New York — Volkswagen AG’s troubles deepened dramatically Monday, as the House Energy and Commerce Committee announced it would hold a hearing into how VW violated U.S. laws by selling nearly a half-million cars since 2009 with software that allowed it to deliberately evade emissions tests.
It was a day of bad news upon bad news for VW: The Environmental Protection Agency revealed to The Detroit News that it also is investigating additional VW diesels from the 2016 model year; the Justice Department has launched a criminal investigation into the cheating scandal; and shares of the German automaker fell nearly 20 percent, wiping out $17 billion in market value, as regulators around the world said they, too, would probe VW for emissions-test cheating.
VW U.S. brand chief Michael Horn, at the unveiling of the new Passat in New York late Monday, vowed to fix the cars and fully cooperate after breaking the trust of Americans.
“Let’s be clear about this: our company was dishonest — with the EPA and the California Air Resources Board — and with all of you. And in my German words: We totally screwed up. We must fix those cars.”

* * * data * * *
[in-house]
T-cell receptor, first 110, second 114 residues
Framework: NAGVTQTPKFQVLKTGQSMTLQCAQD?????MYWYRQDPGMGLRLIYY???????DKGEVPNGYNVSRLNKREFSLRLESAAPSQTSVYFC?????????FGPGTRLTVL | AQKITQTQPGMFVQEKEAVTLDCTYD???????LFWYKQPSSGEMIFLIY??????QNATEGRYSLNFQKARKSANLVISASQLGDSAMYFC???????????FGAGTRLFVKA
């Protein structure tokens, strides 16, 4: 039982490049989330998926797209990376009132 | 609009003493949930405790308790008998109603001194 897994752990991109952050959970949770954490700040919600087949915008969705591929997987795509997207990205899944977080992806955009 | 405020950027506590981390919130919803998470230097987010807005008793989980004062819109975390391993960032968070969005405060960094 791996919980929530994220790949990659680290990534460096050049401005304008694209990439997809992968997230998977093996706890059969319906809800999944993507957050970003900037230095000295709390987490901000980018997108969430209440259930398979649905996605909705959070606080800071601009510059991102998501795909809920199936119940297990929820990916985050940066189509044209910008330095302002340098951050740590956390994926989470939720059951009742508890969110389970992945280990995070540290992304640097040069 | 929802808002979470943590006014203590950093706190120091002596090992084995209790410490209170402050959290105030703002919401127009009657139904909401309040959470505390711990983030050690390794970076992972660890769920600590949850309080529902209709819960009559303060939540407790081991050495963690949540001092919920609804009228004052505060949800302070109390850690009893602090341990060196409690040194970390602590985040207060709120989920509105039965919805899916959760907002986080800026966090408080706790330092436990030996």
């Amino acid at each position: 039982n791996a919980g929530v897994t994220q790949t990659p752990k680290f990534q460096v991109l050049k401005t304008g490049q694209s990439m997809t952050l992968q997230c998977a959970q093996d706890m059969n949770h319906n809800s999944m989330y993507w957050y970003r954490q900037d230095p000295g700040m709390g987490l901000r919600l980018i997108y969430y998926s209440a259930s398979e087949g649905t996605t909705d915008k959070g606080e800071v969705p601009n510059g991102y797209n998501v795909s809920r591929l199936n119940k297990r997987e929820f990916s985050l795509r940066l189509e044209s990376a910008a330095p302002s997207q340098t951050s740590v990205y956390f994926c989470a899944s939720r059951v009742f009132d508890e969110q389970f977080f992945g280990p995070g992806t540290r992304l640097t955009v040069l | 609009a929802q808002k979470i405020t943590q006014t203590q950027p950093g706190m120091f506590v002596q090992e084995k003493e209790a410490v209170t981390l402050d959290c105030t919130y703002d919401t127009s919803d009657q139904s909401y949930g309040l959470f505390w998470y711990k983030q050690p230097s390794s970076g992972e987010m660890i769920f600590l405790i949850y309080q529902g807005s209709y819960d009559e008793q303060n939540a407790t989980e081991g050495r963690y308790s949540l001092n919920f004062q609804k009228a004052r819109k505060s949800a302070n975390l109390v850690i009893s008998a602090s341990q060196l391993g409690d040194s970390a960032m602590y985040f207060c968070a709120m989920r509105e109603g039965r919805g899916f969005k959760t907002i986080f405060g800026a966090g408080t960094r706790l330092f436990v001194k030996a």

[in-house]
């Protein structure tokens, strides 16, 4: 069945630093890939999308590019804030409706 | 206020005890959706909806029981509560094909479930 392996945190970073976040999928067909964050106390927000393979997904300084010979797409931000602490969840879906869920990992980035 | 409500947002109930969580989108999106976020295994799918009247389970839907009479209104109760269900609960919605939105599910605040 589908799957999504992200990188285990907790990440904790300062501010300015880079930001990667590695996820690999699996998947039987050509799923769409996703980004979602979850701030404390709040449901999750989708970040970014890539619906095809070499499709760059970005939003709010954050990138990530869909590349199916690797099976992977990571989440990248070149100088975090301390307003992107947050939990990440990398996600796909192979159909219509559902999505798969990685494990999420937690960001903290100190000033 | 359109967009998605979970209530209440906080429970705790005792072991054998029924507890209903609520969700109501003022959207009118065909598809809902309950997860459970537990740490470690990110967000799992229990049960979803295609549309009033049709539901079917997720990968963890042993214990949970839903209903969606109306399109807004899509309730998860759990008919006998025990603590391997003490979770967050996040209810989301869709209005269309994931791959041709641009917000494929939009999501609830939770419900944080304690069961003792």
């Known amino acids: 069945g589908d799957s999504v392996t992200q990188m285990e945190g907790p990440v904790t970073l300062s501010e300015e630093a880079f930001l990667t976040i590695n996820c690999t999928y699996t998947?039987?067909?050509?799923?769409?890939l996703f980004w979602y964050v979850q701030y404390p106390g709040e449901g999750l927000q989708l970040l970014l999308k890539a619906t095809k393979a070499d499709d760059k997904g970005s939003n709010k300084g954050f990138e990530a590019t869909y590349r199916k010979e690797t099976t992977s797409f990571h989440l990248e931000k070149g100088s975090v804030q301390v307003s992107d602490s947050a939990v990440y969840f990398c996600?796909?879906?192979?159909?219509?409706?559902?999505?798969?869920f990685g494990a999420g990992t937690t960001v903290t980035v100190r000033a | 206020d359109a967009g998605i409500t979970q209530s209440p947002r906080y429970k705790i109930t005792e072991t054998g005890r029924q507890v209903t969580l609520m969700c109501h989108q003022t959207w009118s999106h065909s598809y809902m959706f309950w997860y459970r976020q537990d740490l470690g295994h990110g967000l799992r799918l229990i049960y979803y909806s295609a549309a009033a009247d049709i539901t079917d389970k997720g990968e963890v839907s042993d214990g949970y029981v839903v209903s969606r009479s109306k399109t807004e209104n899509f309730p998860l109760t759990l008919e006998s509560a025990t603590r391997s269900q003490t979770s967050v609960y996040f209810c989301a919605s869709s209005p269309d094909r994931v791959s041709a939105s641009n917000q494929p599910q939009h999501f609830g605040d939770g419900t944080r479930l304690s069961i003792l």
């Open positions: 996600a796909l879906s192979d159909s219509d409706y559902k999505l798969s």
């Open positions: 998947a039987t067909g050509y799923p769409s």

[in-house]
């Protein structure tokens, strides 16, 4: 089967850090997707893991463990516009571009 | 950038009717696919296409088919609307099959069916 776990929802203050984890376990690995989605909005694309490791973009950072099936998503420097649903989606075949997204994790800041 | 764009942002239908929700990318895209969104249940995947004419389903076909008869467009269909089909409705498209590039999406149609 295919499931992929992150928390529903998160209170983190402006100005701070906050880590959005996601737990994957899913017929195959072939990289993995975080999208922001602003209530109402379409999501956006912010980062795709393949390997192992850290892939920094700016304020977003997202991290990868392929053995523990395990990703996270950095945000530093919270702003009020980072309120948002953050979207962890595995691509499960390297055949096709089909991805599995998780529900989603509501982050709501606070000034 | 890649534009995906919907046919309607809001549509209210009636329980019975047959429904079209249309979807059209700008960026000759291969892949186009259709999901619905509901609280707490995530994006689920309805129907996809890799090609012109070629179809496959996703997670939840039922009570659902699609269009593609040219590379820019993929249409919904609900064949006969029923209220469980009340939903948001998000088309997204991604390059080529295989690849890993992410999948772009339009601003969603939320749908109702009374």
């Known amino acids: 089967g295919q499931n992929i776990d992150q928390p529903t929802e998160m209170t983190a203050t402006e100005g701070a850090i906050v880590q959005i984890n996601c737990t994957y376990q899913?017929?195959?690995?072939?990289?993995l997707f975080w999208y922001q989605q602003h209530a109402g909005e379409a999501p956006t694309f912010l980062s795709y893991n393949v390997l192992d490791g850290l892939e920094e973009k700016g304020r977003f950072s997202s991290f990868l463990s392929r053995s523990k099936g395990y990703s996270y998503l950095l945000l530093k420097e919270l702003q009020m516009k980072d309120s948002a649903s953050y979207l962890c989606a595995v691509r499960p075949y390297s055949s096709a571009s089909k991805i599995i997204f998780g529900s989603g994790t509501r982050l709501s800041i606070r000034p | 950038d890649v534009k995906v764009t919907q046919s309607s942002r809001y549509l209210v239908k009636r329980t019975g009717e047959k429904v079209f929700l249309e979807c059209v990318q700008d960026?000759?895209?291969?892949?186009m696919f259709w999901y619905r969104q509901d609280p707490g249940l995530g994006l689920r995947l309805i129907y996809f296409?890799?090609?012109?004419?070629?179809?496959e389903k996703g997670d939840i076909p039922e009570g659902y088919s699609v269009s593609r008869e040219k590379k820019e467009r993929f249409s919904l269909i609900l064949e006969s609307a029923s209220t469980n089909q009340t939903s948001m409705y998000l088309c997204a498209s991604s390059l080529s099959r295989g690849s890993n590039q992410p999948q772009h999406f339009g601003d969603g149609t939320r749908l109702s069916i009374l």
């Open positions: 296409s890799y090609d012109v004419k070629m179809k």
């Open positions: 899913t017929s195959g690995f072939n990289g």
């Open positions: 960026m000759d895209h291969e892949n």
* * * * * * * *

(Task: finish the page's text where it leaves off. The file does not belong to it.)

Horn said the automaker will work to prevent this from ever happening again. Horn vowed to make things right for VW’s 5 million American owners as well as its dealers. He said “our future” depends on turning the crisis into an opportunity. VW “will do what it needs to be done” and “pay what we need to pay” to make things right. He said that kind of behavior “is completely inconsistent with our core.”
Christopher Grundler, director of the EPA’s Office of Transportation and Air Quality, told The News that his agency is expanding its review to the Audi 3.0L V6 and Porsche Cayenne, which has the same engine. Both already were certified for 2016. Audi, VW’s luxury brand, also uses that engine in the diesel Q5, A6, A7 and A8.
“They were certified well before we knew what we know now,” Grundler said.
He reiterated the agency will not certify the 2016 diesel 2.0-liter engine until the automaker demonstrates that the engines meet U.S. emissions standards.